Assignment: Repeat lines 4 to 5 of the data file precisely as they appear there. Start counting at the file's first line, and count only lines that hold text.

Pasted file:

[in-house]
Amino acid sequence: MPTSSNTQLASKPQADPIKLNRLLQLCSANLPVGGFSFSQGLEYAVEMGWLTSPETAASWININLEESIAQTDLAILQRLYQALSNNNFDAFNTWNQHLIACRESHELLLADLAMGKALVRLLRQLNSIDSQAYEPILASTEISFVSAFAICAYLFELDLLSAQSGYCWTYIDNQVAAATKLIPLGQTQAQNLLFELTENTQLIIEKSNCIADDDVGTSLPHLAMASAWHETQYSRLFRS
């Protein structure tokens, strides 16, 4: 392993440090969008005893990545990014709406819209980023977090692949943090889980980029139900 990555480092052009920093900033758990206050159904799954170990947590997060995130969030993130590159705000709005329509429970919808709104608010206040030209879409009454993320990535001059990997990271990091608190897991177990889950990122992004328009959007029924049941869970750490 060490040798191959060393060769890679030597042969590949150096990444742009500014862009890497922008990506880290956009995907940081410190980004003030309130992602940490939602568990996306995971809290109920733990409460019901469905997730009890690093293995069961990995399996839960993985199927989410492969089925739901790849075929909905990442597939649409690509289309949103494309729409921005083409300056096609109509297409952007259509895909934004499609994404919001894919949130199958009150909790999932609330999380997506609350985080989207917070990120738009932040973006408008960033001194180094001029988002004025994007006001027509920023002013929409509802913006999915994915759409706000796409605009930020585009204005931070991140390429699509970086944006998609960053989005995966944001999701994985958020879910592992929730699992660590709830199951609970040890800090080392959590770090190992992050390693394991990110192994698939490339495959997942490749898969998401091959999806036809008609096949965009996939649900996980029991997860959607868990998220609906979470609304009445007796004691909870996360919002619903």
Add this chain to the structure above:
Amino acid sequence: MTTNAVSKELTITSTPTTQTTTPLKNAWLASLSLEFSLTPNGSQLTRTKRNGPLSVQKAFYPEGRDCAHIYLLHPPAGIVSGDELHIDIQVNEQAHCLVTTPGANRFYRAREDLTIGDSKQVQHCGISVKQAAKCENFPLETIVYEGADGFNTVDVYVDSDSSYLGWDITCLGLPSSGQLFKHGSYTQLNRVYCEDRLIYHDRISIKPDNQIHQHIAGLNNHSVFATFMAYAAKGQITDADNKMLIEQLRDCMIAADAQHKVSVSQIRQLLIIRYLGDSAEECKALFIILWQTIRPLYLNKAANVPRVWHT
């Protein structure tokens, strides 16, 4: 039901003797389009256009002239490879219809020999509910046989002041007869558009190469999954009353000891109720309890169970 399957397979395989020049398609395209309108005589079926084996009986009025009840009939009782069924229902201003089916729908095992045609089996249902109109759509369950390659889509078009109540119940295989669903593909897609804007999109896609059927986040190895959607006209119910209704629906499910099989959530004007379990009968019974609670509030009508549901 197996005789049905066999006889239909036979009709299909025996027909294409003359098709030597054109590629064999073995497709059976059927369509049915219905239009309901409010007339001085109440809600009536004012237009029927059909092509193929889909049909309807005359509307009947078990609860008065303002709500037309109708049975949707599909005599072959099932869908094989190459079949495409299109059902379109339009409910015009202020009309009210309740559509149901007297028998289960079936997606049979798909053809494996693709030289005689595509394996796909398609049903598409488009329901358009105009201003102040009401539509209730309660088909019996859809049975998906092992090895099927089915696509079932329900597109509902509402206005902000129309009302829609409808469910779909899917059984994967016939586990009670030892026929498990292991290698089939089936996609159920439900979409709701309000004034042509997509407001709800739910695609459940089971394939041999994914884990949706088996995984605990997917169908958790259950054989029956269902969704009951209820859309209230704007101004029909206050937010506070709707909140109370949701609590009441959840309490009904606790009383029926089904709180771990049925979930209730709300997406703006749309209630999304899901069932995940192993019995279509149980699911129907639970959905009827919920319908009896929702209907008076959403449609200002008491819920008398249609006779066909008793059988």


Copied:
Add this chain to the structure above:
Amino acid sequence: MTTNAVSKELTITSTPTTQTTTPLKNAWLASLSLEFSLTPNGSQLTRTKRNGPLSVQKAFYPEGRDCAHIYLLHPPAGIVSGDELHIDIQVNEQAHCLVTTPGANRFYRAREDLTIGDSKQVQHCGISVKQAAKCENFPLETIVYEGADGFNTVDVYVDSDSSYLGWDITCLGLPSSGQLFKHGSYTQLNRVYCEDRLIYHDRISIKPDNQIHQHIAGLNNHSVFATFMAYAAKGQITDADNKMLIEQLRDCMIAADAQHKVSVSQIRQLLIIRYLGDSAEECKALFIILWQTIRPLYLNKAANVPRVWHT